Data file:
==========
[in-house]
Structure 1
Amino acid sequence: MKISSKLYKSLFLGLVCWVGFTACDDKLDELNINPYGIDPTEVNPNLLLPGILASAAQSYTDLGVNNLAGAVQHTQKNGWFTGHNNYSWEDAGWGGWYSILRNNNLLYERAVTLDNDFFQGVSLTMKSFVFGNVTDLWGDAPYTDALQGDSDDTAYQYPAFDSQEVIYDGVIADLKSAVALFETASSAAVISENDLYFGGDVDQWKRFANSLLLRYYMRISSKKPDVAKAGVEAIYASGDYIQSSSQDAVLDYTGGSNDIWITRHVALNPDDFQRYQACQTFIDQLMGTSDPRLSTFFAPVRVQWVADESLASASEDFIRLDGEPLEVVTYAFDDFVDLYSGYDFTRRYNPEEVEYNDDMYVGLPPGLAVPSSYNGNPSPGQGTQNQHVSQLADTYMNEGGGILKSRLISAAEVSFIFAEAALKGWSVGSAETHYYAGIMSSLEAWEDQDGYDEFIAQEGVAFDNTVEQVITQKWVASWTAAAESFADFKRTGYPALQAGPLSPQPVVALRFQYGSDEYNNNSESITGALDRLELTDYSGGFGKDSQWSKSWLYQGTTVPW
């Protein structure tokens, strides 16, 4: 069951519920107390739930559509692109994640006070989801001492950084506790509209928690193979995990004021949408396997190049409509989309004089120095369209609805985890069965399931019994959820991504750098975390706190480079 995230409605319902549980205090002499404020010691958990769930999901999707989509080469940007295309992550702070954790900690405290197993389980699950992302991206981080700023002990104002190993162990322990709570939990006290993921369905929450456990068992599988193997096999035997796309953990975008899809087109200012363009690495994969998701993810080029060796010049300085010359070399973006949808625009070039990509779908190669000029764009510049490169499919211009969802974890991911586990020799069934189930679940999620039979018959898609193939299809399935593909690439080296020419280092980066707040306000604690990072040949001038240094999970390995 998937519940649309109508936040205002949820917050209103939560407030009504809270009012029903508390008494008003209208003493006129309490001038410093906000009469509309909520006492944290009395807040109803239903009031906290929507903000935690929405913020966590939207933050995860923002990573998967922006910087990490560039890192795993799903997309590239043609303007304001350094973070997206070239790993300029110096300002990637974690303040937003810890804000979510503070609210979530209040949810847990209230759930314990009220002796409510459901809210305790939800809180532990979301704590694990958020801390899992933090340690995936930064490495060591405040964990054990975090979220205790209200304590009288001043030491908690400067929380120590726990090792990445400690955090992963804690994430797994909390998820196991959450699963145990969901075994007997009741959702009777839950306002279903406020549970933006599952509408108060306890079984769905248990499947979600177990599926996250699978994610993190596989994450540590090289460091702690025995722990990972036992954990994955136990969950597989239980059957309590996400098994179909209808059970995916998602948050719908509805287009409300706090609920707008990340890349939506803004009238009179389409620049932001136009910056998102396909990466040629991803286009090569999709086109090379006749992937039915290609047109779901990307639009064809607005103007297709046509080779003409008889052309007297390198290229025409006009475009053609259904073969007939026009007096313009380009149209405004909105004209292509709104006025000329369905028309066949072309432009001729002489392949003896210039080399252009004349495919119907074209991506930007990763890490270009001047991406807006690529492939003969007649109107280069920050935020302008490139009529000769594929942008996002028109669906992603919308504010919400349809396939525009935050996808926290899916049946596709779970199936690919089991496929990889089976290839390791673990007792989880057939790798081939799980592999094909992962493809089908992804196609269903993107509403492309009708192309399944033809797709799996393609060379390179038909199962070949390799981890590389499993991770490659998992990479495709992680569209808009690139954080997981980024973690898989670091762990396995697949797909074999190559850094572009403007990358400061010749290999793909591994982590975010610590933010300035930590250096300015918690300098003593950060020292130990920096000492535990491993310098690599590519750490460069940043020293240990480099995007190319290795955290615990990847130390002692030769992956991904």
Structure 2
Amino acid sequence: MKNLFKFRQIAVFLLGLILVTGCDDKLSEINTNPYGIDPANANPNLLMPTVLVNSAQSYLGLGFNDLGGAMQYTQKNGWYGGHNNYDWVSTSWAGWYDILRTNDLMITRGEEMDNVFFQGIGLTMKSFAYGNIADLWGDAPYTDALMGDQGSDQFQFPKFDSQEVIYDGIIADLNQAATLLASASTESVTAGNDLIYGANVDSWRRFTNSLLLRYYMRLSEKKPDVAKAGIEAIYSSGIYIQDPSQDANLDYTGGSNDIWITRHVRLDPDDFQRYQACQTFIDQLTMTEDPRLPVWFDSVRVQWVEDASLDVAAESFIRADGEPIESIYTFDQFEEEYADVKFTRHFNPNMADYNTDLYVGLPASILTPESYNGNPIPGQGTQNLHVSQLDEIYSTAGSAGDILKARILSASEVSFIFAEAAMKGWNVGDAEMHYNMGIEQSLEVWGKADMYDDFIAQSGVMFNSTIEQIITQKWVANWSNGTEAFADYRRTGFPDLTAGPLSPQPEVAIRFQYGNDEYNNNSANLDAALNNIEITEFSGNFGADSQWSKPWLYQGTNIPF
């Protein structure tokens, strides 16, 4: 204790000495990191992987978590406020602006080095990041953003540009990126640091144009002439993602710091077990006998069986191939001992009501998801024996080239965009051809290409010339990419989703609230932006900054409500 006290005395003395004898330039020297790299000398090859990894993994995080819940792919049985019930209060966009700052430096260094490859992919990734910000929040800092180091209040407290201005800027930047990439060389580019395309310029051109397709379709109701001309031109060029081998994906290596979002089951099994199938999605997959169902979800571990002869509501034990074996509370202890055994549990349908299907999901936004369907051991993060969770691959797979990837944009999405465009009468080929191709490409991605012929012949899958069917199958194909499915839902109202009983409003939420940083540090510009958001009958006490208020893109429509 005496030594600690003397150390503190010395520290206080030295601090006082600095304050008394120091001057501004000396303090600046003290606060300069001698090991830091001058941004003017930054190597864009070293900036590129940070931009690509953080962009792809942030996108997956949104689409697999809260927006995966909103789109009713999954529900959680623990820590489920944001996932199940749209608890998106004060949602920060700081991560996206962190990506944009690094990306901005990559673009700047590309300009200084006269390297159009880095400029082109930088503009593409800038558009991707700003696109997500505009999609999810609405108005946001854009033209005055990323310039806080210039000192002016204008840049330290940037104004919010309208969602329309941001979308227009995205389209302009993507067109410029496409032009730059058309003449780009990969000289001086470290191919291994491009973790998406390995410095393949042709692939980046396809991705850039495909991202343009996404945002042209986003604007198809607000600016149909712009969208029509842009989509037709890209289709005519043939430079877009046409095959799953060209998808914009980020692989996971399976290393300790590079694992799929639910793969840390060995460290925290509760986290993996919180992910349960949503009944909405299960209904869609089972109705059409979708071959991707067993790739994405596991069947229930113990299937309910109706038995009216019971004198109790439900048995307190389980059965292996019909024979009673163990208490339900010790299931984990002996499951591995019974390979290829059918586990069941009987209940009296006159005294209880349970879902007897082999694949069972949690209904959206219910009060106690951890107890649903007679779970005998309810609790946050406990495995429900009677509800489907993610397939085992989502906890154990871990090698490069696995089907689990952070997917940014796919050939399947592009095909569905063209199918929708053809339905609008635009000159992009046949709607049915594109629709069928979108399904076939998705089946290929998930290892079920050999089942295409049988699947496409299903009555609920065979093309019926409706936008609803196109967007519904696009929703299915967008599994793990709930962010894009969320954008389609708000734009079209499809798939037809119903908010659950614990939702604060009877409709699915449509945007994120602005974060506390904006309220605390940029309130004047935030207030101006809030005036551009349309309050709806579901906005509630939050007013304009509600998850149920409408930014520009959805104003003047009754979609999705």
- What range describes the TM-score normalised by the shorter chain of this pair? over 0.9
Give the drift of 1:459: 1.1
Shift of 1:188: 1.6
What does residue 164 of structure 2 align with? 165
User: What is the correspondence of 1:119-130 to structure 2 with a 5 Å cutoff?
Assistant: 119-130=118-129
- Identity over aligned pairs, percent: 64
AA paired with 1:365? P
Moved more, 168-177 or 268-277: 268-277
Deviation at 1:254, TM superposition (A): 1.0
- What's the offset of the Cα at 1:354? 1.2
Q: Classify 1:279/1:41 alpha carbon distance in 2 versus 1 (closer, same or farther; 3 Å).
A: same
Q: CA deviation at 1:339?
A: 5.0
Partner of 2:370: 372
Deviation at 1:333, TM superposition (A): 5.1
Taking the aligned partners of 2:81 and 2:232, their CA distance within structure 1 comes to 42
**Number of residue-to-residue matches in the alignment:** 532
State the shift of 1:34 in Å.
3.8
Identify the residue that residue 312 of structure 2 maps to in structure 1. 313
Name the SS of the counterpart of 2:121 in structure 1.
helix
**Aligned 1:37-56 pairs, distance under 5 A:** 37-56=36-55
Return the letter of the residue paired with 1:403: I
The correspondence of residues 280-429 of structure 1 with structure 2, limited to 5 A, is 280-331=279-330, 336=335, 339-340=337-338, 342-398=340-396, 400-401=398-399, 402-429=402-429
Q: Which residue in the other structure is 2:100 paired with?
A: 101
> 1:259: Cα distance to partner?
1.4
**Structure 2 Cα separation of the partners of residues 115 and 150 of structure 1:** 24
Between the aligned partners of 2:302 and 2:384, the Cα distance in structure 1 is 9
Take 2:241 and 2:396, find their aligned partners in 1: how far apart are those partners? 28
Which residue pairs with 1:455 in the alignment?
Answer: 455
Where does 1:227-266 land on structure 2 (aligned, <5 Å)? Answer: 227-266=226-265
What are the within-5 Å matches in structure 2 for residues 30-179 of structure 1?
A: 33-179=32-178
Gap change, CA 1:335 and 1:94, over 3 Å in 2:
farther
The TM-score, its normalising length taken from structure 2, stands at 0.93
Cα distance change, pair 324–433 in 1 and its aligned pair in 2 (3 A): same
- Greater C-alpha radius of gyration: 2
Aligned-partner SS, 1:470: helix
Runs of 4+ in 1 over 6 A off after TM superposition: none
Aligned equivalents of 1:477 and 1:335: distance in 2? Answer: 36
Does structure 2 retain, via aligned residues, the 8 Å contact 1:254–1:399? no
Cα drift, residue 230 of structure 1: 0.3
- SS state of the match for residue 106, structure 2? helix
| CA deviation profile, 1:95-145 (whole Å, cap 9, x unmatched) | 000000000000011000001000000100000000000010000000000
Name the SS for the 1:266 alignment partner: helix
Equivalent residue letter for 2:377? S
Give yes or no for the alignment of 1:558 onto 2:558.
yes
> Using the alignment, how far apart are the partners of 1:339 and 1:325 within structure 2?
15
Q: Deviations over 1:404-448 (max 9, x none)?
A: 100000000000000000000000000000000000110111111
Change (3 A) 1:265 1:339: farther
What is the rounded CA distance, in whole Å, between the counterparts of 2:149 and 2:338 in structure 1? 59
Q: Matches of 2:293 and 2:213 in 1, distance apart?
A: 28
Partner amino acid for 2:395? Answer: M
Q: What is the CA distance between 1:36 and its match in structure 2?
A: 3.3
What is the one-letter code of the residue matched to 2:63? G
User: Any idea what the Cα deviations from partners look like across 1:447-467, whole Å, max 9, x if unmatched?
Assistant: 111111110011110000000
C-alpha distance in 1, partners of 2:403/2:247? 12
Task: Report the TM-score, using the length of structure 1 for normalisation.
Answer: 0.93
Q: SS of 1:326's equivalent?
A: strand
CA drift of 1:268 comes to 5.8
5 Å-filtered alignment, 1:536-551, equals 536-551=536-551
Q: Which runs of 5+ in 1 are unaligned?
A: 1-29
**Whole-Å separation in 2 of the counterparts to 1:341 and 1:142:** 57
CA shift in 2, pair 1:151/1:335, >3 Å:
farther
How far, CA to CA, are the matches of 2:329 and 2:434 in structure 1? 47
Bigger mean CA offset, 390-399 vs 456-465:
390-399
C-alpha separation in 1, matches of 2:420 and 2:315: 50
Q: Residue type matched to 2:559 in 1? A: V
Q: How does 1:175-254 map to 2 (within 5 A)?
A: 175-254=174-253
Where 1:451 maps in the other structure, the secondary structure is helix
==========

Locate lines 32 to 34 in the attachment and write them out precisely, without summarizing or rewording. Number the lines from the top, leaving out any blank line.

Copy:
**Aligned 1:37-56 pairs, distance under 5 A:** 37-56=36-55
Return the letter of the residue paired with 1:403: I
The correspondence of residues 280-429 of structure 1 with structure 2, limited to 5 A, is 280-331=279-330, 336=335, 339-340=337-338, 342-398=340-396, 400-401=398-399, 402-429=402-429